Saints Row IV – Kitchen Sink Gaming



Saints Row IV: Kitchen Sink Gaming

Things you can do in Saints Row IV: Use a phallic tentacle bat to kill guys wearing giant pink cat mascot heads while listening to “The Boys are Back in Town“*. Jump across floating mechanical citadels while alien police on hoverbikes blast at you to the tune of “Swan Lake“. Sprint at 300mph through traffic and leaping through the air to collect glowing power-up globes as Machine Gun Kelly yells in your ear. “Romance” (a popular euphemism for “attempt to have sex with”) every character you meet, male or female, human or alien or robot, and even Keith David. Switch from exploring stuff to blowing up gargantuan amounts of everything in the middle of town to flying a ship in an on-rails sequence to taking over territory for your gang to irritating QTE garbage to farting around in the character creator/clothing accessorizer to make the ugliest player avatar imaginable. Make fun of everything from Mass Effect to Battlezone to Metroid to Metal Gear Solid to Jurassic Park. If you can’t find something fun to do in Saints Row IV, you’re probably Cooper Lawrence.

Who cares about consistency? This game is a confusing mish-mash of every dunderheaded idea the people responsible could think of, and it somehow works. Saints Row IV takes excess to new heights with its caricature of gangsta rap aesthetic, collectathons with trillions of doo-dads to find, a plot and dialogue seemingly written by a 13-year-old from LiveJournal who watched a lot of Invader Zim, and topped off with any miscellaneous weird crap the creators could throw in whether it fits or not. It’s so refreshing to see something so self-awarely rude, crude, and lewd after playing gobs of self-important¬† big-budget games that are convinced that they have the most profound messages to offer. Leave that nonsense to the indie platformers, guys; I’ll take the “random” low-brow comedy if it will at least keep me occupied and my brain uninsulted.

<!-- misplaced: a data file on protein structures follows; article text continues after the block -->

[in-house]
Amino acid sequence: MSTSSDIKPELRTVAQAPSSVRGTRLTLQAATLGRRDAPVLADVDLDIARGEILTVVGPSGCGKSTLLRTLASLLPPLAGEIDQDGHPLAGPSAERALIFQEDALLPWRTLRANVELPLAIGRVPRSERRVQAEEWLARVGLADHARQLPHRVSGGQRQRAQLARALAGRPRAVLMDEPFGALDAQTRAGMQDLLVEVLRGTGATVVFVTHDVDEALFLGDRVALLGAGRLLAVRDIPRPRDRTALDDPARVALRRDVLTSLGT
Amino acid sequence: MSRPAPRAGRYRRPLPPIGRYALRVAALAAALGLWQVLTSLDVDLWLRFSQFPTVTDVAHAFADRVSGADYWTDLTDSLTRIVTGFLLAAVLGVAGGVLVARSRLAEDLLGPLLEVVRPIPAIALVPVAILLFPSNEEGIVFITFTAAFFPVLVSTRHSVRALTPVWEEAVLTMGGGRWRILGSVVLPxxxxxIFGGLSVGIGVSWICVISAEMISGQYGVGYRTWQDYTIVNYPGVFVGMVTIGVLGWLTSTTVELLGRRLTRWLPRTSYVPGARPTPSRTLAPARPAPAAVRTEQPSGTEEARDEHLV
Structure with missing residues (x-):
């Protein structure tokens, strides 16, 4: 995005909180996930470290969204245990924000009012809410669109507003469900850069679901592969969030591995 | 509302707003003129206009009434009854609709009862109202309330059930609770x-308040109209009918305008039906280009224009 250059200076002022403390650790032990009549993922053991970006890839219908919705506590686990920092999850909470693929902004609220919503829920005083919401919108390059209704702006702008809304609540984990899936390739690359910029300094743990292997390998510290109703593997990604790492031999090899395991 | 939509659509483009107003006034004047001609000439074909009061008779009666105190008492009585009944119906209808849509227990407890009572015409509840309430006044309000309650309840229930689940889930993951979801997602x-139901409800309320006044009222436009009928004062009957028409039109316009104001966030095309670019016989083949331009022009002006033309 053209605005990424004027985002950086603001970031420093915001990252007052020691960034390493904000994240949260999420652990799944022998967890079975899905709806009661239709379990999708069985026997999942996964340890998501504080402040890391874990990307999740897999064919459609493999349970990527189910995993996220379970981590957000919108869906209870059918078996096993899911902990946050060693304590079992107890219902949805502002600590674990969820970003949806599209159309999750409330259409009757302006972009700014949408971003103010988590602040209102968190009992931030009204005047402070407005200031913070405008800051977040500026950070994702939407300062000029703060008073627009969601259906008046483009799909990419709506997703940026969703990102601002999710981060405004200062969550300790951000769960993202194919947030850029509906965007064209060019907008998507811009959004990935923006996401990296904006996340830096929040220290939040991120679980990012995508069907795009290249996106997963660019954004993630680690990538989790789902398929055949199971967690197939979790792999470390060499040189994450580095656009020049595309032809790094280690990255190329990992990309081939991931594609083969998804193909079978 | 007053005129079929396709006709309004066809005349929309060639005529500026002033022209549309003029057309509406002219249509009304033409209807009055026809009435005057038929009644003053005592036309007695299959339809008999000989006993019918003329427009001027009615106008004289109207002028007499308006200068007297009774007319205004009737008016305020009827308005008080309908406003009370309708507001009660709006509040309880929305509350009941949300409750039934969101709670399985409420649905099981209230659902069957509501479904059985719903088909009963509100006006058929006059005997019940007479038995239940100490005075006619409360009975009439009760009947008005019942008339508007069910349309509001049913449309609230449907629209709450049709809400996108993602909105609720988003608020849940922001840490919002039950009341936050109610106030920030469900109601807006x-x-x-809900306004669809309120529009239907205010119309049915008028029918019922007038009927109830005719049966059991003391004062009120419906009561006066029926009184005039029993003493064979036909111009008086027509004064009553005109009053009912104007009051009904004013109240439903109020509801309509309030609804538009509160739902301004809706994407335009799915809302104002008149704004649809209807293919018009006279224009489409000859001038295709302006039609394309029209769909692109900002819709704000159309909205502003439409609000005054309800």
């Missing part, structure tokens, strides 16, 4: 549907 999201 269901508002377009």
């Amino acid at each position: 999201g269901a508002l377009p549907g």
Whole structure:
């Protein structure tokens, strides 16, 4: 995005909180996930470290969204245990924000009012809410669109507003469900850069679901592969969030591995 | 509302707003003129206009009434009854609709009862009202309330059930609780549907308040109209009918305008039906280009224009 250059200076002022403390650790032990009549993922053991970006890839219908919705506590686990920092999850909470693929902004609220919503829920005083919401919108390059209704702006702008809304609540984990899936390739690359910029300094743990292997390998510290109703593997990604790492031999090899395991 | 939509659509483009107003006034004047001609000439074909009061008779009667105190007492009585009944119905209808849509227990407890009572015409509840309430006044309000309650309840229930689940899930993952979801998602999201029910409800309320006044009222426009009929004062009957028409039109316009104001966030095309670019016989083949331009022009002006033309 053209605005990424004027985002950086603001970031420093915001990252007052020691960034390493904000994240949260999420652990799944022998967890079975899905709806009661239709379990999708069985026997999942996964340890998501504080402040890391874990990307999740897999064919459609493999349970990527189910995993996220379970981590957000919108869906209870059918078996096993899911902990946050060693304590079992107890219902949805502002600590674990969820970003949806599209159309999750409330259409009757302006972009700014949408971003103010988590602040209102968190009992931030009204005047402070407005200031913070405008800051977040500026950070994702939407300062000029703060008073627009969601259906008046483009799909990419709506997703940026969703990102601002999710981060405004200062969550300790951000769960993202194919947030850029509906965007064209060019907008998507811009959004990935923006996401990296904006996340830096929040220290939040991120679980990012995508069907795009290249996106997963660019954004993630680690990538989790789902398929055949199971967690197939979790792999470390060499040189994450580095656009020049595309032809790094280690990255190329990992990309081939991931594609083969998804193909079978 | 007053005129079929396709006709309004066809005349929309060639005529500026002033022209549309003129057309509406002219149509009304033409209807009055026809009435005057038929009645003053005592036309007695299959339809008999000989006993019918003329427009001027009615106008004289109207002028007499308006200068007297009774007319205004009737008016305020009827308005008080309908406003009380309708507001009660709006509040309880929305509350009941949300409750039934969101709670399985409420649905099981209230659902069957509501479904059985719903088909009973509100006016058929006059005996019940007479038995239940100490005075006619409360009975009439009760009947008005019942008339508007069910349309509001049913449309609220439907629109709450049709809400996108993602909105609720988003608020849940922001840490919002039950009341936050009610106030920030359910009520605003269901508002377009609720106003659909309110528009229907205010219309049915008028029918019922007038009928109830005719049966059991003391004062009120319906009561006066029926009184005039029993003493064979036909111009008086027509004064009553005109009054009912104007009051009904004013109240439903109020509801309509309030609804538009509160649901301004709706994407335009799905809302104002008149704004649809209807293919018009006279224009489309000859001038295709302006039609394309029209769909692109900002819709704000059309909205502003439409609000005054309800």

Is this a parody of Gears of War? Either way, it's still cover-based shooting.

Is this a parody of Gears of War? Either way, it’s still cover-based shooting.

The real heart of the gameplay lies in several paths well-worn in video gaming: wandering around causing damage willy-nilly (the main appeal of the whole sandbox genre), progressing through the main quest (obviously of secondary importance), and going on side missions to gain optional items (mostly to increase the number of options available for when blowing stuff up). And there is a plethora of material to work with. This game is a blast.

There’s plenty of insane consequence-free violence here to be had. Even within the narrative of the game most of the story takes place within a fictional computer simulation where your character has super powers and can destroy and murder his/her surroundings without the tiniest bit of guilt. So even if your already-sociopathic character had any qualms about causing pandemonium, that reluctance can be safely quashed if you tell yourself that it’s just a game within a game, so it’s ok to act out your id. In fact, the destruction you cause within the “simulation” has an in-game purpose of not only being crude fun but also somehow hurting the alien computers.